Estate Planning and Inheritance Tax Planning
Inheritance Tax (IHT) is a widely misunderstood tax and a tax that you can volunteer to pay — or not
FICTION: There’s a notion abroad that to escape IHT you must be prepared to sacrifice your financial security by kissing goodbye to your capital and giving it to your family while you’re still alive. That’s simply not true.
FACT: By using the right strategies you can still retain access and control of your capital and shield it from any potential IHT liabilities.
What is true about IHT…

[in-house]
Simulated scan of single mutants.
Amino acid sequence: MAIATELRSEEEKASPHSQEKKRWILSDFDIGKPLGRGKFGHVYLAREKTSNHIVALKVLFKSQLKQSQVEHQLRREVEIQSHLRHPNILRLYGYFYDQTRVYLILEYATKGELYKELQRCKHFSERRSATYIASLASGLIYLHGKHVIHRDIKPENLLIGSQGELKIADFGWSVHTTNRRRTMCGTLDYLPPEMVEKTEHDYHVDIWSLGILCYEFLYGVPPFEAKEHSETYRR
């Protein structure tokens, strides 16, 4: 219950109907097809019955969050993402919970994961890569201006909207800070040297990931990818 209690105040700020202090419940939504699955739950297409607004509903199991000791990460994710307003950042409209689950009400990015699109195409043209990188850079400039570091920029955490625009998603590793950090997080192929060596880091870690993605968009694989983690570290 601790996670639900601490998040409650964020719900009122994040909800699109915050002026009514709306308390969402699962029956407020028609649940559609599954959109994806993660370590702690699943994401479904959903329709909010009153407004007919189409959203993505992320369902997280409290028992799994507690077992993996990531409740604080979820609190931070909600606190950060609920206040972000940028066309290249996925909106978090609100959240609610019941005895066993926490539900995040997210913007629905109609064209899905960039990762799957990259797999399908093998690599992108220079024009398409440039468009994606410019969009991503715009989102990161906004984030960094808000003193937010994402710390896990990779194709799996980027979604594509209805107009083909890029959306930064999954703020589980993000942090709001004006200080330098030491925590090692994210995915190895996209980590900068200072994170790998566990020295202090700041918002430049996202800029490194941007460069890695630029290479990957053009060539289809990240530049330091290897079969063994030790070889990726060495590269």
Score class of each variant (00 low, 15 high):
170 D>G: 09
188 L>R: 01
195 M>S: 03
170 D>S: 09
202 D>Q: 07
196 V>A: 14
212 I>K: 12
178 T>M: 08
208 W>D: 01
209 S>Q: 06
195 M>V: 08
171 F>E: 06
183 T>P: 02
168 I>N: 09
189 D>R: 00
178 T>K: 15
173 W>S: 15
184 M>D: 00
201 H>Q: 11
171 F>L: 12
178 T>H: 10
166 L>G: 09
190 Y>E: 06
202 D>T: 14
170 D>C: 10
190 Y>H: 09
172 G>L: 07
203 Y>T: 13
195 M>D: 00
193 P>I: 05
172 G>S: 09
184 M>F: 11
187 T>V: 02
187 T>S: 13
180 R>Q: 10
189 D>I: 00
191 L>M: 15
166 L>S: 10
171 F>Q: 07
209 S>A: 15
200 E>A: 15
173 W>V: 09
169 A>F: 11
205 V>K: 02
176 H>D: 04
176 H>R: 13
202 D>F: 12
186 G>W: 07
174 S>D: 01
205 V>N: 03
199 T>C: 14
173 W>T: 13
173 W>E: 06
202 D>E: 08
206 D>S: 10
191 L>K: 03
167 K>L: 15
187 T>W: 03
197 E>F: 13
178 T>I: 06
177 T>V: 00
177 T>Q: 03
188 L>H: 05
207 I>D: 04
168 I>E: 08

- If the value of your estate is more than £325,000 (£650,000 for married couples and civil partners) any amount above that figure will be subject to a maximum IHT tax charge of 40%
- The value of your estate is the sum total of everything you own — less any allowable debts or other liabilities
- Inheritance Tax has to be paid no later than six months after the end of the month of death
- Ensure that pensions and life insurance polices are written in trust otherwise they will included in your estate
- Make a will, otherwise your estate will be shared out in a strict order of priority according to the ‘rules of intestacy’
- You have to be alive to make acceptable arrangements to avoid paying IHT
- There’s nothing to stop you spending your wealth — every last penny if you want — or disposing of other assets so as to reduce the taxable value of your estate
Not all estate planning and wills are regulated by the Financial Conduct Authority.